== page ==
The location was ideal: less than a mile from work and close to all her favorite restaurants and small, locally-owned businesses.  Pulling up, a rather large man was waiting for her in the parking lot.  Collin was extremely, openly gay.  Ok, he was a total flamer.  And proud of it.  He commented on Violet’s hair and clothing.  “This is gonna be perfect,” she thought to herself.  She had a ton of gay friends and that’s just what every single girl needs, right?
“We have a lot of cool people here who have lived here for years,” he said, showing her around the facilities downstairs.  Small, coin-operated laundry room, the pool and parking spots.  There were three apartments to choose from, and he showed her the one downstairs, first.  “I think the one upstairs will be more your style, though, and you’ll feel a bit safer,” he explained.  She answered only with “Cool.”  He led the way upstairs.
Everyone had plants everywhere!  There were cacti, succulents, trees in pots and vines crawling up the stucco walls.  Little tables lined the walkway from end-to-end, all loaded with houseplants.  It seriously looked like Melrose Place.  The property had a fence around it because of the pool, and the yard was a lush green.  The place looked well taken care of.
Opening the door to #10, it was instant love.  Original cabinets, from the 1960s, were abundant in the dining and kitchen areas.  The style was retro: built-in, original oven that was green, just like her great-grandma’s.  “Does everything work?” she asked incredulously.  The place had “flavor” and she turned on the ceramic stovetop.  “Yup.  I live on-property, so if anything goes wrong, I’m on it.  If I can’t fix it, I have enough people who can.”  Those words attracted her, but they would also be an omen of things to come.  She had know idea about the “people” that Collin knew.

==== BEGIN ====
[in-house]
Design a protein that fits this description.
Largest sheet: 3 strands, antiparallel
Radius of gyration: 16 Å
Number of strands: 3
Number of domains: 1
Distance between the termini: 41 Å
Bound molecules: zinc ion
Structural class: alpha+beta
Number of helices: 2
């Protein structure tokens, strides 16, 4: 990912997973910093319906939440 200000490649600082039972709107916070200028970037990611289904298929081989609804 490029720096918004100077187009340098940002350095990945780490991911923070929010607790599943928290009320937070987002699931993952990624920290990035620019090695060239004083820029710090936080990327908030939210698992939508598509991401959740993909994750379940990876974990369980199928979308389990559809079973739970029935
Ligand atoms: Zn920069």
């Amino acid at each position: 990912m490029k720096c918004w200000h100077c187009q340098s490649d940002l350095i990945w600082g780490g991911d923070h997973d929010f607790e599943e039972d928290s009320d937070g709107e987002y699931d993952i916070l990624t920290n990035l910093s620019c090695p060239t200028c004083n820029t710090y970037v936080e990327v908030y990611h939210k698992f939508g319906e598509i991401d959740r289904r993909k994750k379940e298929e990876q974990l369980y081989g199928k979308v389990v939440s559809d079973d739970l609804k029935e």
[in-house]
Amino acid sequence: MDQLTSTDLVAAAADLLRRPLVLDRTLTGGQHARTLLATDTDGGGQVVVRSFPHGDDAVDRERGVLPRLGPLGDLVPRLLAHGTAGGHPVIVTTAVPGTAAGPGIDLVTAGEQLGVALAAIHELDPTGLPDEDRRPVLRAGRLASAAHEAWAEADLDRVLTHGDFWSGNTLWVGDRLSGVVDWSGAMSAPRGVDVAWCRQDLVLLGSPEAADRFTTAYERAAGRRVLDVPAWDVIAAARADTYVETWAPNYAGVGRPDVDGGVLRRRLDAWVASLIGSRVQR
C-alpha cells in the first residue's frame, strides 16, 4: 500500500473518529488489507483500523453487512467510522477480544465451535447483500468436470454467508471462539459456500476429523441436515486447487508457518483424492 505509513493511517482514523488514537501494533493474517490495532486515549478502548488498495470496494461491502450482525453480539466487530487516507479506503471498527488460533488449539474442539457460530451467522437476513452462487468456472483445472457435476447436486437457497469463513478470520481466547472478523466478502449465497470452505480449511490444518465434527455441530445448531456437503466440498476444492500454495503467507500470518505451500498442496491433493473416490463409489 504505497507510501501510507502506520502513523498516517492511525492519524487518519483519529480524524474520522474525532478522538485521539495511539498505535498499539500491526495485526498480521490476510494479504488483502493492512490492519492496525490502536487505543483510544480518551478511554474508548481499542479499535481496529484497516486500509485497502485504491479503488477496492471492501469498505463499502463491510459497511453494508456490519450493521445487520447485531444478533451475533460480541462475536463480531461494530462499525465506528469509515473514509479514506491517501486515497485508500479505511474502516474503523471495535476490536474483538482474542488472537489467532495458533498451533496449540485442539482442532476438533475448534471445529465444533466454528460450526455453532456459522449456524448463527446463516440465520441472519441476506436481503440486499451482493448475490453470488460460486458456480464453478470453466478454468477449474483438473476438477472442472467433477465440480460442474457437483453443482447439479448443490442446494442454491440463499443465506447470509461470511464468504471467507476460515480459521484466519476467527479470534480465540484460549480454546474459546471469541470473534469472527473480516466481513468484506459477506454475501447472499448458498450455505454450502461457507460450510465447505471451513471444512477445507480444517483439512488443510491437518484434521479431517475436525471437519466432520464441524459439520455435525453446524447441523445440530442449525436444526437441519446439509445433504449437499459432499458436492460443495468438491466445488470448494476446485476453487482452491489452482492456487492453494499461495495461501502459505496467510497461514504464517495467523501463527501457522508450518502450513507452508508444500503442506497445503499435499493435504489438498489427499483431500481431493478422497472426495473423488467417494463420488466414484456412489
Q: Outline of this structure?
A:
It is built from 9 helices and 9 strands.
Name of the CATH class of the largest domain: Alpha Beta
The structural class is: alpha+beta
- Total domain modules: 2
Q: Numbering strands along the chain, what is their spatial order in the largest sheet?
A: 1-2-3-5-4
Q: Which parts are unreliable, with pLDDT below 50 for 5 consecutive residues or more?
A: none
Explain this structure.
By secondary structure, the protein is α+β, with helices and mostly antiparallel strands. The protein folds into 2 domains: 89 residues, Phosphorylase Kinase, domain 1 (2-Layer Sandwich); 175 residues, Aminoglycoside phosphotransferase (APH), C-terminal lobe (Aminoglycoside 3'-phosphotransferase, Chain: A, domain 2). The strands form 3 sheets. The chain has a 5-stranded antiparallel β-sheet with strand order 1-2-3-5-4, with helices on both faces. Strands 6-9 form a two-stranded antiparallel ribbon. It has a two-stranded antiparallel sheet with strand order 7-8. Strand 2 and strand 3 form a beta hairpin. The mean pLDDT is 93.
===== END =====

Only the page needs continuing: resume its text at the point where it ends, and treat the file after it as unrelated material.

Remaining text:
“I’ll take it!” she exclaimed, completely in love with the vintage appliances, vast storage space and overall feel of the building.  “The carpets will be shampooed, right?” she asked, noticing it was stained in some spots.  “Oh, yeah, I’ll do all of that before you move in,” Collin replied confidently.  “Cool,” was all she said.
They agreed on the money shit, like rent and deposit and Violet took one last look around before returning back to work.  Lunch hour was over, unfortunately.